In contrast to the islands of origin, this new land offered vast wealth: colossal trees for house and canoe building and ornamentation; prolific bird life providing masses of food and decorative feathers; huge river-hewn quarries of jade; long ocean beaches stranding disoriented whales; cliffs of glittering obsidian; vast tracts of supple, shining flax plants. More than enough to compensate the loss of the aute — paper mulberry for Papa cloth — and hara — the sturdy pandanus for weaving. Though cold in winter, the land was an incredibly plentiful resource; Papatuanuku, Mother Earth, gave generously.
And as she gave, so her gifts, ultimately, were returned. Every art piece or artefact made before 1800, and certainly most since then, has been a tribute to the natural world. Although fashioned by human hands, the taonga remain sourced within the environment. An elaborately carved war canoe will typically be a gigantic totara or kauri tree, enhanced by paua shell and toroa feathers, resin, supplejack and flax fibre. With time and circumstance these materials may once more become part of Papatuanuku, to be folded within her earthen self. Awareness of this possibility is constantly acknowledged by the people.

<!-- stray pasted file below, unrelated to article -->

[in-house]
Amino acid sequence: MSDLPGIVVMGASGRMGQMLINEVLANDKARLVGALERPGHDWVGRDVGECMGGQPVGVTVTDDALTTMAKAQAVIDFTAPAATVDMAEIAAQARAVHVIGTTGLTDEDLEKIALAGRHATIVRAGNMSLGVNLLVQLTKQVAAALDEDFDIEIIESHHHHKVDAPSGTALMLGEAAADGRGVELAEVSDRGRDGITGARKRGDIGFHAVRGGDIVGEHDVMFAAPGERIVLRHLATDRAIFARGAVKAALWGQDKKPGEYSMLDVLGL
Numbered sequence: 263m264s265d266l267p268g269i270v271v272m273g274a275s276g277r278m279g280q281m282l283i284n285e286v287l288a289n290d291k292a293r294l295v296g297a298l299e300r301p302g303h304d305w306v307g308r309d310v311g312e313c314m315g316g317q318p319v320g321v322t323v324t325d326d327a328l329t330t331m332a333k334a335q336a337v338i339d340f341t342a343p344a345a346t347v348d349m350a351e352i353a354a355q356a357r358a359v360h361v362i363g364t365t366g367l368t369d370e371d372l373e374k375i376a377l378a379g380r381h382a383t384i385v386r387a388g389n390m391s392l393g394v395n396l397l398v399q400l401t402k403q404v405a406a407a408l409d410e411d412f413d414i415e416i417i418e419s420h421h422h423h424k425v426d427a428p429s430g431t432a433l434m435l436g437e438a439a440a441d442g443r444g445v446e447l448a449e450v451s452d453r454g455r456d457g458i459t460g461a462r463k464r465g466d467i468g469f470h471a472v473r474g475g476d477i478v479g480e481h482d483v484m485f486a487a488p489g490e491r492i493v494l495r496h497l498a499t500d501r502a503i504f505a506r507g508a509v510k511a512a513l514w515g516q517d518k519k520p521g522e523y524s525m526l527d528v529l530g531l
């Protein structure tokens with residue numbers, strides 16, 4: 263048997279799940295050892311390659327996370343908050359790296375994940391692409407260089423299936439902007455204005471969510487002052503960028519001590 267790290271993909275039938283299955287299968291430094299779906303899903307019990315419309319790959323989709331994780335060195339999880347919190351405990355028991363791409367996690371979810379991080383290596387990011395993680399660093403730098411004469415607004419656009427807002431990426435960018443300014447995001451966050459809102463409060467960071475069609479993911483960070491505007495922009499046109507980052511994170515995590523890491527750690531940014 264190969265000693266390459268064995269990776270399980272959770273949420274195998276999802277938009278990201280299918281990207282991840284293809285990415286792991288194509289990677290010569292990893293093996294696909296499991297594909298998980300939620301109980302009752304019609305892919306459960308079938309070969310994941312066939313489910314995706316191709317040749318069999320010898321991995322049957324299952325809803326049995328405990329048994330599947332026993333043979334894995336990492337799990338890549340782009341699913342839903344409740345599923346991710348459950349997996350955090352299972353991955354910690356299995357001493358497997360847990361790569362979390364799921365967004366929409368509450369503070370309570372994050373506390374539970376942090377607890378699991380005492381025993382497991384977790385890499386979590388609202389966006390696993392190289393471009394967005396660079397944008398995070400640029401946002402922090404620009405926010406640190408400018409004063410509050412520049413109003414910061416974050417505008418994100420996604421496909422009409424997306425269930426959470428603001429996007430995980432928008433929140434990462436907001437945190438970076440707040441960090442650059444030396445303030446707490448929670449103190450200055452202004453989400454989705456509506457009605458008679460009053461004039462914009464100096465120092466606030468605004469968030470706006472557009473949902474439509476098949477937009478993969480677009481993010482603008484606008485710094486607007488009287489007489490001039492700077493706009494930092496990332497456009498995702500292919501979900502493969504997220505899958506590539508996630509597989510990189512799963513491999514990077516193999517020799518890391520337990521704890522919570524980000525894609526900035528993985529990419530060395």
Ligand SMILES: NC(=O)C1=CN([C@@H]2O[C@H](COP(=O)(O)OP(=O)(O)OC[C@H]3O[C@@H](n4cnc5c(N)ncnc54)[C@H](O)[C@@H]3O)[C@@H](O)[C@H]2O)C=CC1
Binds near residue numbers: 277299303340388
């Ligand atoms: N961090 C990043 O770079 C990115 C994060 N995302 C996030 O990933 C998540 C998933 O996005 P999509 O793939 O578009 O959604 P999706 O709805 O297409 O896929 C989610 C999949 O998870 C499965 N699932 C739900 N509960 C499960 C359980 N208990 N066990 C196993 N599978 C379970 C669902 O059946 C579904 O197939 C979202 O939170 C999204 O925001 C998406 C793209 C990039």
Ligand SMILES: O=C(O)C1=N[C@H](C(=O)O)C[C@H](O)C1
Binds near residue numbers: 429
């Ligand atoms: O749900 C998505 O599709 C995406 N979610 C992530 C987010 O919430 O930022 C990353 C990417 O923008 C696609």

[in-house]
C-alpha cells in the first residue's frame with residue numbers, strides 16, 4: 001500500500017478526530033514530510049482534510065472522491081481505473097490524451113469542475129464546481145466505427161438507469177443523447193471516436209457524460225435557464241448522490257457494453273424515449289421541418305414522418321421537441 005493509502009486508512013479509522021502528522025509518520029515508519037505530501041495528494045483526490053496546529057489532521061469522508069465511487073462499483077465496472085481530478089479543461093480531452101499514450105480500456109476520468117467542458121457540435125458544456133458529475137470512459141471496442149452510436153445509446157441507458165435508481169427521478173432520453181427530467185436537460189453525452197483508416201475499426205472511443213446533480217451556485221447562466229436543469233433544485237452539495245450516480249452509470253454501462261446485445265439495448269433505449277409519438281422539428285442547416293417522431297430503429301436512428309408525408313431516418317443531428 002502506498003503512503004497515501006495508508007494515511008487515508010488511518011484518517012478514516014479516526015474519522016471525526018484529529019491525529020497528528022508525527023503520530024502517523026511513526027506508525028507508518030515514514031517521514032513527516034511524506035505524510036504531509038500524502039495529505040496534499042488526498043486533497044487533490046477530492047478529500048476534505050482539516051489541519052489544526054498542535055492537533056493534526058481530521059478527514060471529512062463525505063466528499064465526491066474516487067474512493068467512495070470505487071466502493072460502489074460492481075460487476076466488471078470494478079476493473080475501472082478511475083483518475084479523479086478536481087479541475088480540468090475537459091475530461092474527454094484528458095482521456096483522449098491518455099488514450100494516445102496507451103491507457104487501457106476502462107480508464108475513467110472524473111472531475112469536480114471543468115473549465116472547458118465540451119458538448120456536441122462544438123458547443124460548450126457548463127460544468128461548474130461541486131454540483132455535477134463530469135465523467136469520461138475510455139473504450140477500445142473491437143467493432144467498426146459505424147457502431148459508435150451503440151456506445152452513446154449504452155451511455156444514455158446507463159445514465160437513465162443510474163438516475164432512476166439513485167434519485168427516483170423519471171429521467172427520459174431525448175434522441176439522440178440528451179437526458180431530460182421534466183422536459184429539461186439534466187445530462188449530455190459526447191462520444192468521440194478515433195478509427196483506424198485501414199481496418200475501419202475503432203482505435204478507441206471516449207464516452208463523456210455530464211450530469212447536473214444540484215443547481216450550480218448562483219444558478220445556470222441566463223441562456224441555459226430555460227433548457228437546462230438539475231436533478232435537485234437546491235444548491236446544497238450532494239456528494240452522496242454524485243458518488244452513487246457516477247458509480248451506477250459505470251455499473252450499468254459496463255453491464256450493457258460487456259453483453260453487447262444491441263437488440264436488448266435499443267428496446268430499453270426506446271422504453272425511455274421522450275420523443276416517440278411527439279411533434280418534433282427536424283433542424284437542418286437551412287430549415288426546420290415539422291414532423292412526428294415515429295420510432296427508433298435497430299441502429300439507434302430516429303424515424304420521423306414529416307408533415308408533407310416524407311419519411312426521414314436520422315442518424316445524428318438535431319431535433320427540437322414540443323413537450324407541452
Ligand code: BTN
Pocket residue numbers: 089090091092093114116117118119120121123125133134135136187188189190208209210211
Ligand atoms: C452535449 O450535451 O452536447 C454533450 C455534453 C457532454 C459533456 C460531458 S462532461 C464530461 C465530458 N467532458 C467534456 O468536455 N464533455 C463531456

Similarly, great houses are seen as living entities rising from the earth — even now, despite the inclusion of introduced materials and technology. Like canoes, great houses can travel, get dismantled for long periods, be concealed deliberately and carefully, or find themselves falling, easily and miserably, back into the ground. But whatever may happen to the material form, the wairua, the spirit, of the taonga remains with the natural world, with the environment, with the land.
The old-time Maori lived with a stone age technology. The impact of metal upon the material culture the arts, warfare, architecture — was dramatic, even devastating. Adaptation was immediate, especially in whakairo, the carver’s art. Stories of nails meticulously removed from ships’ decks are no doubt true. These nails became the first metal chisels and transformed the face of traditional carving, just as musketry disfigured the subtle nuances of warfare. But whatever the means employed, the inspiration and the genius still came from the spirit.
Wairua was surely a realm of great beauty. The ancient Maori was an ardent lover of beauty in the natural environment and in any manufactured reflection of that world. Beauty was, and has remained, an essential quality of Maori life. It is a mirror of the inner self, imbuing even the most functional object with specialness and spirit. Even very mundane items — eating bowls and utensils, baskets, gardening tools, mats, fishing sinkers and fishhooks, chisels, bird troughs and canoe bailers — were gracefully designed and craftily decorated. Everything, no matter how simple, had to be pleasing to the eye and touch.